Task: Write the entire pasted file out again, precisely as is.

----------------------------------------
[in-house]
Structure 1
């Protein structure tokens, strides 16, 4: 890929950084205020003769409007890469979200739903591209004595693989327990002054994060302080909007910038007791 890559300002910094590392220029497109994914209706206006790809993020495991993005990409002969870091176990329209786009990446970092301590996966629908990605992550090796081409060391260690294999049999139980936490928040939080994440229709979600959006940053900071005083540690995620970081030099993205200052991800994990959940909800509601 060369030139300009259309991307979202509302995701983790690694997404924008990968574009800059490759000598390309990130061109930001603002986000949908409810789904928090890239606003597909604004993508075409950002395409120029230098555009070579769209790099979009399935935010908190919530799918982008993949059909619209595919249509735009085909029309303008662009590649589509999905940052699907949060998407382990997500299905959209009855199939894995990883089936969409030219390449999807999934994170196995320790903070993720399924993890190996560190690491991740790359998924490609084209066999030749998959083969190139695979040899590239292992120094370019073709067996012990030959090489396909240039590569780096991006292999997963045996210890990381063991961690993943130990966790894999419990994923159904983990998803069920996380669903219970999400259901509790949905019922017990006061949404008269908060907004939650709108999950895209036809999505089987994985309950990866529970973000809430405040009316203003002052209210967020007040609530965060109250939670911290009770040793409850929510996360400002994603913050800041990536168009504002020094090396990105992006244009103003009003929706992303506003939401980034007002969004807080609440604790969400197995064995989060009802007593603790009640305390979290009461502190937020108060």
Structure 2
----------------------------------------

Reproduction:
[in-house]
Structure 1
């Protein structure tokens, strides 16, 4: 890929950084205020003769409007890469979200739903591209004595693989327990002054994060302080909007910038007791 890559300002910094590392220029497109994914209706206006790809993020495991993005990409002969870091176990329209786009990446970092301590996966629908990605992550090796081409060391260690294999049999139980936490928040939080994440229709979600959006940053900071005083540690995620970081030099993205200052991800994990959940909800509601 060369030139300009259309991307979202509302995701983790690694997404924008990968574009800059490759000598390309990130061109930001603002986000949908409810789904928090890239606003597909604004993508075409950002395409120029230098555009070579769209790099979009399935935010908190919530799918982008993949059909619209595919249509735009085909029309303008662009590649589509999905940052699907949060998407382990997500299905959209009855199939894995990883089936969409030219390449999807999934994170196995320790903070993720399924993890190996560190690491991740790359998924490609084209066999030749998959083969190139695979040899590239292992120094370019073709067996012990030959090489396909240039590569780096991006292999997963045996210890990381063991961690993943130990966790894999419990994923159904983990998803069920996380669903219970999400259901509790949905019922017990006061949404008269908060907004939650709108999950895209036809999505089987994985309950990866529970973000809430405040009316203003002052209210967020007040609530965060109250939670911290009770040793409850929510996360400002994603913050800041990536168009504002020094090396990105992006244009103003009003929706992303506003939401980034007002969004807080609440604790969400197995064995989060009802007593603790009640305390979290009461502190937020108060």
Structure 2